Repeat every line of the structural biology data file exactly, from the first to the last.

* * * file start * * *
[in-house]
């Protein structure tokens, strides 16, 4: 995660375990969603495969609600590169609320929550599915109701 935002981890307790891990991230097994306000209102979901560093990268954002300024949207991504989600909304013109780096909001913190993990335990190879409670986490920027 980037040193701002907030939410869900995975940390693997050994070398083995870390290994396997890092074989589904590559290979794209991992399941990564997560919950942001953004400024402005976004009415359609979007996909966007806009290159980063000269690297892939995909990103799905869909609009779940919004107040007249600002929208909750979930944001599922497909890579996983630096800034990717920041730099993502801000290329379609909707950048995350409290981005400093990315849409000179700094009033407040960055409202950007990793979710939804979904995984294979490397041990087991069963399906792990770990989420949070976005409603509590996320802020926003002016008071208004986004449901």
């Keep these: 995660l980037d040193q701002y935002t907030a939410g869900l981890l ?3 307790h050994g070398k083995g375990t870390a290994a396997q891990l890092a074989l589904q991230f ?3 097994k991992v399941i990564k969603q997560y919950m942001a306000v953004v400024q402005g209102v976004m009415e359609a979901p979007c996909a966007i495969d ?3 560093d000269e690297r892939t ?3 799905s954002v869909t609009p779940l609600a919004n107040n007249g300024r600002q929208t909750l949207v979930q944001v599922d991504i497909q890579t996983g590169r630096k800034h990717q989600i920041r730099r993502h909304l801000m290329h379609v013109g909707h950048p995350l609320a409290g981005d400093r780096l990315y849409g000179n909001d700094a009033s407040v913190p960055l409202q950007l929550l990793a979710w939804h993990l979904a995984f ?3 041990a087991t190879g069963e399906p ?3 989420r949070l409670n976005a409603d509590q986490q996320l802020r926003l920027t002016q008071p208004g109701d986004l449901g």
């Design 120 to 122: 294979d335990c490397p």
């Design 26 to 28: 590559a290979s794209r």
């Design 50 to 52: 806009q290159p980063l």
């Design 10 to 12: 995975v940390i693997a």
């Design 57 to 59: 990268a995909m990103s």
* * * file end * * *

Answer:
[in-house]
């Protein structure tokens, strides 16, 4: 995660375990969603495969609600590169609320929550599915109701 935002981890307790891990991230097994306000209102979901560093990268954002300024949207991504989600909304013109780096909001913190993990335990190879409670986490920027 980037040193701002907030939410869900995975940390693997050994070398083995870390290994396997890092074989589904590559290979794209991992399941990564997560919950942001953004400024402005976004009415359609979007996909966007806009290159980063000269690297892939995909990103799905869909609009779940919004107040007249600002929208909750979930944001599922497909890579996983630096800034990717920041730099993502801000290329379609909707950048995350409290981005400093990315849409000179700094009033407040960055409202950007990793979710939804979904995984294979490397041990087991069963399906792990770990989420949070976005409603509590996320802020926003002016008071208004986004449901």
């Keep these: 995660l980037d040193q701002y935002t907030a939410g869900l981890l ?3 307790h050994g070398k083995g375990t870390a290994a396997q891990l890092a074989l589904q991230f ?3 097994k991992v399941i990564k969603q997560y919950m942001a306000v953004v400024q402005g209102v976004m009415e359609a979901p979007c996909a966007i495969d ?3 560093d000269e690297r892939t ?3 799905s954002v869909t609009p779940l609600a919004n107040n007249g300024r600002q929208t909750l949207v979930q944001v599922d991504i497909q890579t996983g590169r630096k800034h990717q989600i920041r730099r993502h909304l801000m290329h379609v013109g909707h950048p995350l609320a409290g981005d400093r780096l990315y849409g000179n909001d700094a009033s407040v913190p960055l409202q950007l929550l990793a979710w939804h993990l979904a995984f ?3 041990a087991t190879g069963e399906p ?3 989420r949070l409670n976005a409603d509590q986490q996320l802020r926003l920027t002016q008071p208004g109701d986004l449901g």
């Design 120 to 122: 294979d335990c490397p």
């Design 26 to 28: 590559a290979s794209r």
């Design 50 to 52: 806009q290159p980063l």
């Design 10 to 12: 995975v940390i693997a």
């Design 57 to 59: 990268a995909m990103s």